You can hear from two young people from Chilterns New Shoots, and Steph Rodgers from Chilterns Rangers who runs this project that is giving a group of 15 – 20 year olds their first taste of conservation work, bird surveying and plant monitoring. The young people also had access to high quality binoculars, expert advice and training, careers advice and work experience.
Norman Shepherd from the Bucks Owl & Raptor Group, talking about the placement of Owl boxes on farms in the Chilterns, and the monitoring findings – if you’d like to volunteer with this group, visit: Give a Hoot
Pete Edwards from the Hughenden Ringing Group talking about their bird surveying & bird ringing work.
Kristin Thompson from the Buckinghamshire Mammal Group talking about the small mammal survey project.
And Steve Jeanes, a volunteer from the Bucks & Milton Keynes Environmental Records Centre talking about a reptile survey project.
Looking for a New Year’s Resolution and love nature and wildlife, or heritage and history? Here are some a ways to get involved and make a difference locally.
Contact Nick from Chalk Cherries and Chairs for more information on how to get involved in the surveying projects featured in the video. Email: email@example.com
To get involved in the next cohort of 15 - 20 year olds, read more and find the sign up form here.
Help with fieldwork, or lean help analyse lidar maps from the comfort of your armchair and laptop! Beacons from the Past is all about discovering the unmapped archaeology of Chilterns Hillforts. Learn more about how LiDAR data is collected and processed, and how you can 'read' it to discover archaeology hidden in the landscape. Or when COVID safety allows you can take part in an excavation or a workshop. Join the e-mailing list here to express an interest and hear about the latest opportunities.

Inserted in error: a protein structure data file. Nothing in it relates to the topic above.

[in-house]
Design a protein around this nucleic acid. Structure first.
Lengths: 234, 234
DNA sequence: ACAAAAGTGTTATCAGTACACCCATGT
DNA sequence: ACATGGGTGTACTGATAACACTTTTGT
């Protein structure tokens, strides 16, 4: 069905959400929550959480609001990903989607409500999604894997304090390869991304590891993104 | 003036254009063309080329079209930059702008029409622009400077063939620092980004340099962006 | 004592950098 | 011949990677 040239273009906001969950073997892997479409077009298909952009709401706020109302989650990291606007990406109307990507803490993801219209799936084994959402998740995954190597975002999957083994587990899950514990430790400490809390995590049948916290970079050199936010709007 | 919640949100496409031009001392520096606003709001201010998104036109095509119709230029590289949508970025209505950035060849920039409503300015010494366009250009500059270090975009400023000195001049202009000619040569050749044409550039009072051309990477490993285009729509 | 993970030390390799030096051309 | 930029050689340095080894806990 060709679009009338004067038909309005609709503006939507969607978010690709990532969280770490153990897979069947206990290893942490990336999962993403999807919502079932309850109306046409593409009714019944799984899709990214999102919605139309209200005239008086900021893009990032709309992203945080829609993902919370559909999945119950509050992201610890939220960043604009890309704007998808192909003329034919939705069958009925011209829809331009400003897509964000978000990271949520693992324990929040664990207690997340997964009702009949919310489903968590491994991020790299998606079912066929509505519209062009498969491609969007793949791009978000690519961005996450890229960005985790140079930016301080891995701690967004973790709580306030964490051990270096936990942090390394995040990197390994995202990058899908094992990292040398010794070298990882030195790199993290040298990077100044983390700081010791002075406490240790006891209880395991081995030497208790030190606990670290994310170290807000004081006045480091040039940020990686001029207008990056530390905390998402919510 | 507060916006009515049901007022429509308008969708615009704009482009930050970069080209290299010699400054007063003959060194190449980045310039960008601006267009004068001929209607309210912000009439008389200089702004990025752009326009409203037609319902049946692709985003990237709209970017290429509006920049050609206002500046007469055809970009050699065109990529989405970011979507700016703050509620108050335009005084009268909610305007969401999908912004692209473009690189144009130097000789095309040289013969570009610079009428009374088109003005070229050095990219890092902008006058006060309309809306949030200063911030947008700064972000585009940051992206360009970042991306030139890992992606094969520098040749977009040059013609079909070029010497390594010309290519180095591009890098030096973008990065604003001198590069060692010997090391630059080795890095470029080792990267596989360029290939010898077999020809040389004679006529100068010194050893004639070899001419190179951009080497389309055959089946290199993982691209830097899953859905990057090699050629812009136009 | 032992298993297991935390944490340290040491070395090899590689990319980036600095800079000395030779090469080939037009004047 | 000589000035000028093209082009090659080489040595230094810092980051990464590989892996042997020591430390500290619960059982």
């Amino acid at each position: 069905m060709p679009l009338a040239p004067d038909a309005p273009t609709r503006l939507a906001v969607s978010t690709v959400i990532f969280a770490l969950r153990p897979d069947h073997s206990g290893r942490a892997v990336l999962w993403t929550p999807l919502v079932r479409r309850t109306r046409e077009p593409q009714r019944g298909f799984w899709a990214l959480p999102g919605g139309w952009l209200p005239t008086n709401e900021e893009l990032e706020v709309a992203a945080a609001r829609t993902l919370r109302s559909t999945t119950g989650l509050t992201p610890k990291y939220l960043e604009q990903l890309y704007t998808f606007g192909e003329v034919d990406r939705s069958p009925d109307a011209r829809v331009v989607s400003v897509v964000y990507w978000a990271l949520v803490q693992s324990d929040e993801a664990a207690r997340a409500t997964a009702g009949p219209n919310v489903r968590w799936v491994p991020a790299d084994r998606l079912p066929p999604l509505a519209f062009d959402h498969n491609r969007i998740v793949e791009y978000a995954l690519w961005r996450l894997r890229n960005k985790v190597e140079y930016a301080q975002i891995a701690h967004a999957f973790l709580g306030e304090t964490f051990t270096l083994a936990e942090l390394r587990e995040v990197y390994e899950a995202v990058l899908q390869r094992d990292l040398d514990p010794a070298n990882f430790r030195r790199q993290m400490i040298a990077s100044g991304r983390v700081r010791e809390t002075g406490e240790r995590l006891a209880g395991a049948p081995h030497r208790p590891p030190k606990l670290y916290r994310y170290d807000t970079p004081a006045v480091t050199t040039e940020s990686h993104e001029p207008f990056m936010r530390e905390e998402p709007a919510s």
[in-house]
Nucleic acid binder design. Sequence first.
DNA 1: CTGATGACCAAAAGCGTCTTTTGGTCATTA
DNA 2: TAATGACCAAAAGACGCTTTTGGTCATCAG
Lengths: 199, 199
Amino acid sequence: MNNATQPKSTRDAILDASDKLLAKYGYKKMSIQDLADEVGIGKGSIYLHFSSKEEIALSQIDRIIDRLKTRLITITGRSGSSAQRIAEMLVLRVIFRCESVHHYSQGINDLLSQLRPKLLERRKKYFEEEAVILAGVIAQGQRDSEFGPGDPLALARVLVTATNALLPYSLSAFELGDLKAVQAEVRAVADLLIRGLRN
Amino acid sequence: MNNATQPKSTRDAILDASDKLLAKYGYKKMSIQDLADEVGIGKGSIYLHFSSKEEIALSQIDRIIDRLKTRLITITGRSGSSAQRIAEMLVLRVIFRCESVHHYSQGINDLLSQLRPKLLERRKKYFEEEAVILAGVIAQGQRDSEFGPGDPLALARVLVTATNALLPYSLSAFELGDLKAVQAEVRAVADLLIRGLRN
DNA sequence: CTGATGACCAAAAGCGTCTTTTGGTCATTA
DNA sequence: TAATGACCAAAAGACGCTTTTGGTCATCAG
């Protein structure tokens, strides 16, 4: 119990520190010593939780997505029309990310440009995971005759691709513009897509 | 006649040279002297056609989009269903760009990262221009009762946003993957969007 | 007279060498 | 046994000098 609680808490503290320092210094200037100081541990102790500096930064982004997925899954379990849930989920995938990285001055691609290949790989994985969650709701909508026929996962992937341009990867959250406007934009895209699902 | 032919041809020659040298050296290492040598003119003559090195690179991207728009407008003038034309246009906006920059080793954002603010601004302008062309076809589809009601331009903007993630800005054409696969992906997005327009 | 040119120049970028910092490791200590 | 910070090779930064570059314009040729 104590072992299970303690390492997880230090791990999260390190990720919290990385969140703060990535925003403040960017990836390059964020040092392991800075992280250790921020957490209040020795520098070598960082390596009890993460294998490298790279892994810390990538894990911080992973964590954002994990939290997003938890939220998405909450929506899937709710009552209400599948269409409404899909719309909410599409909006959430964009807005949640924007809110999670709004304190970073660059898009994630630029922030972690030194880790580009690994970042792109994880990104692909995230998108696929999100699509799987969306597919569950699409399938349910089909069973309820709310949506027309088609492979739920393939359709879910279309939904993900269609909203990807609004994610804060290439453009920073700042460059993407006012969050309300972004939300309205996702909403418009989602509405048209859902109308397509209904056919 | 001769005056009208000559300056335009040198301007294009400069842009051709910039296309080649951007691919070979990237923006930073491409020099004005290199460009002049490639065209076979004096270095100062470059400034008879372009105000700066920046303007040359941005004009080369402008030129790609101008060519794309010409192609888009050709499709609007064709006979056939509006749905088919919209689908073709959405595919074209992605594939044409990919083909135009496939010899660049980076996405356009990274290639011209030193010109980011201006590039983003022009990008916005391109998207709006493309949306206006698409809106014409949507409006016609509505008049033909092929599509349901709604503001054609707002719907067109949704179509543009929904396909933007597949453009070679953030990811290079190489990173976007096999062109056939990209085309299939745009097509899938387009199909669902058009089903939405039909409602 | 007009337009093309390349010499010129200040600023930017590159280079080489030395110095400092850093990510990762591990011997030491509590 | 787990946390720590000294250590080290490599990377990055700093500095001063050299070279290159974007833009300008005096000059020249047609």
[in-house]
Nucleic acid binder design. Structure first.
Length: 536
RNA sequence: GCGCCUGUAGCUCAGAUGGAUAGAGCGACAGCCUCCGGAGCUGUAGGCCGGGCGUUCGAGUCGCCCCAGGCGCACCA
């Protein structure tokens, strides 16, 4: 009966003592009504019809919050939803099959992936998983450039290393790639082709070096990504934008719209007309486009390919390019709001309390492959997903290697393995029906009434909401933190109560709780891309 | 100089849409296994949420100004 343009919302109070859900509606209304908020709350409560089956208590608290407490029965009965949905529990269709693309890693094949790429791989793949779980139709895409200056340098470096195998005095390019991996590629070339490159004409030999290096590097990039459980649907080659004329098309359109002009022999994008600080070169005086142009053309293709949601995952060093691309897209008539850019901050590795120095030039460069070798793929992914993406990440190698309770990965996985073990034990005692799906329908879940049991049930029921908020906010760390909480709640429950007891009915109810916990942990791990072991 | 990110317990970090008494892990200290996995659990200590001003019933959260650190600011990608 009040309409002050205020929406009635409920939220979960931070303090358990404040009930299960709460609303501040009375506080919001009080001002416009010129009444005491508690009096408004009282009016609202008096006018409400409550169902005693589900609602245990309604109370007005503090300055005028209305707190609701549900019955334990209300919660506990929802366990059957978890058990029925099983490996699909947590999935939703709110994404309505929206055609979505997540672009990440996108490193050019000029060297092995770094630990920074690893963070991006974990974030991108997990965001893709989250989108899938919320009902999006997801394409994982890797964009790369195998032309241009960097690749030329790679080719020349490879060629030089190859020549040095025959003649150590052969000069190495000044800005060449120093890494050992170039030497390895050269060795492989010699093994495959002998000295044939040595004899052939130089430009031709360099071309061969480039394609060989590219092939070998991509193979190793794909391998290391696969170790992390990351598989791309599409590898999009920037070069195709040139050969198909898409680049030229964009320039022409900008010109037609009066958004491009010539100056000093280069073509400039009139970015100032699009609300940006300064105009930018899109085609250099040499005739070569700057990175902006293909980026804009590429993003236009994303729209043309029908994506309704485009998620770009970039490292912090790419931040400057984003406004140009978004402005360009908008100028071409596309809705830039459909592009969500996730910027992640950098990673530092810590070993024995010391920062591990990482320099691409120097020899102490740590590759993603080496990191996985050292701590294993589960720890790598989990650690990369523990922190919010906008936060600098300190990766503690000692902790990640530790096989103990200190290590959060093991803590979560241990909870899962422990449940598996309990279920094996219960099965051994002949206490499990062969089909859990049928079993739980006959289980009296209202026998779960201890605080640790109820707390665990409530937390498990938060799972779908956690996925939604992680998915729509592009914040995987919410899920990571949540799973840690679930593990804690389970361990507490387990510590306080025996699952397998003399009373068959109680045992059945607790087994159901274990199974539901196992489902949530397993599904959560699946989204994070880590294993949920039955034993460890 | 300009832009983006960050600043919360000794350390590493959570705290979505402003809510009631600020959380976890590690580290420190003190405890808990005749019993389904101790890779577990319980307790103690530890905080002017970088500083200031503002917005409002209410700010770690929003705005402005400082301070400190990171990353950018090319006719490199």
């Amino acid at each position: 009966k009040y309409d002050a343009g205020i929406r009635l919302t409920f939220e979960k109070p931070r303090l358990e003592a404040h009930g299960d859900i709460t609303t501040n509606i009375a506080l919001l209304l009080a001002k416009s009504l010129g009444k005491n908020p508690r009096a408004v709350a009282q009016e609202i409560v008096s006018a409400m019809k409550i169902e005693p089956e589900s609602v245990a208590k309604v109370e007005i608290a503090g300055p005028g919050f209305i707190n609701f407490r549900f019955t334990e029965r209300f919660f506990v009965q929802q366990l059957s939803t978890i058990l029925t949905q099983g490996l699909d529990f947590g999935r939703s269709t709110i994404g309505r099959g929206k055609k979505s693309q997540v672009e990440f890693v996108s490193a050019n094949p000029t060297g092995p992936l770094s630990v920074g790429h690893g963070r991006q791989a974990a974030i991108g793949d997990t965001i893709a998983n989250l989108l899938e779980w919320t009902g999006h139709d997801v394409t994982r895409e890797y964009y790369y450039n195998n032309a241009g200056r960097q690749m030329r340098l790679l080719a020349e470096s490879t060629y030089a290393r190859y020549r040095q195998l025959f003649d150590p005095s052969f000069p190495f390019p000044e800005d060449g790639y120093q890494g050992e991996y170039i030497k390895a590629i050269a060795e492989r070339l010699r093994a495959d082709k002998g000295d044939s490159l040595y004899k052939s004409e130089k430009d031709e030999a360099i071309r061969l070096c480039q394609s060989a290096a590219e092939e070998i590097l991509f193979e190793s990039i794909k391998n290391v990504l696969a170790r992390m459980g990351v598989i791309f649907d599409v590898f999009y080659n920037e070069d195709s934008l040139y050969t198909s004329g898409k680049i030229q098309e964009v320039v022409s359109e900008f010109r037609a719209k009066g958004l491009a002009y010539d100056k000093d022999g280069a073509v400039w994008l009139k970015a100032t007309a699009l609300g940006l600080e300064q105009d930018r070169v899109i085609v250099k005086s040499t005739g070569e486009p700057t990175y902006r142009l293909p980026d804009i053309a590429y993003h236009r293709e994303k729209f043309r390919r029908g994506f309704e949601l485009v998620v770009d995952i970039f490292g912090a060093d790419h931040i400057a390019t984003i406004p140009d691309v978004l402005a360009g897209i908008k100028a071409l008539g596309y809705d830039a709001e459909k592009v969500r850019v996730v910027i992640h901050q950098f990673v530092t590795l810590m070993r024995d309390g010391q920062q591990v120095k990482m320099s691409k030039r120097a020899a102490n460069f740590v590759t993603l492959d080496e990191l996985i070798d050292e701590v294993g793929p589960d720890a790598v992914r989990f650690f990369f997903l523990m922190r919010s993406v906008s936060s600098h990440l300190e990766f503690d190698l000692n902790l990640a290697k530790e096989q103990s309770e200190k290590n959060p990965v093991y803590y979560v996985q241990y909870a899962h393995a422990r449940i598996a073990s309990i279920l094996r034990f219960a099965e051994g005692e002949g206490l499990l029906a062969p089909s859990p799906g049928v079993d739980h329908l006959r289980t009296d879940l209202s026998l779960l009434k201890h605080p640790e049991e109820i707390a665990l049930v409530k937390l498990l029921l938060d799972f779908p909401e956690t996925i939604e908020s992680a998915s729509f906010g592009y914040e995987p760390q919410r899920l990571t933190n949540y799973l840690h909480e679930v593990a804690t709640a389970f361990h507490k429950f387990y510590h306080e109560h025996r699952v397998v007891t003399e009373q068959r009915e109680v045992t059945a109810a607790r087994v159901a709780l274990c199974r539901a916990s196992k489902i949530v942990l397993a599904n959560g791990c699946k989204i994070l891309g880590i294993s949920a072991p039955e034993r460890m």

Volunteers have long played an essential role in protecting and enhancing these rare and special Chilterns habitats, and here are some of the groups you can get involved with. You can help remove invasive species from the river, learn how to monitor river flies as a marker of river health, and keep a regular watch for pollution and blockages. If you don't like getting muddy, help organise and recruit, or simply make a cuppa for the workers!
Learn more and get involved via these groups' websites:
Benson Nature Group volunteers (who help look after Ewelme Brook)
Fantastic conservation groups, footpath maintenance groups and river and wetland groups just waiting for you to get involved. Find out more here.
BBOWT: Berkshire, Buckinghamshire, Oxfordshire and Oxfordshire Wildlife Trust has fantastic opportunities for conservation volunteering, or even helping out in their visitor centres and offices, with relevant training given before you start. Also try Herts and Middlesex Wildlife Trust & Bedfordshire, Cambridgeshire and Northamptonshire Wildlife Trust.
Care for the special places and buildings you love by volunteering for the National Trust. Find out more here.
Chiltern Rangers offer a 'Be a Ranger' Day for companies - a great way to work together, have fun and get outdoors for a day. Get hands-on with tasks such as creating homes for birds, butterflies and wildflowers. Or building a bench in a countryside area, improving steps or clearing paths!
Watch the video: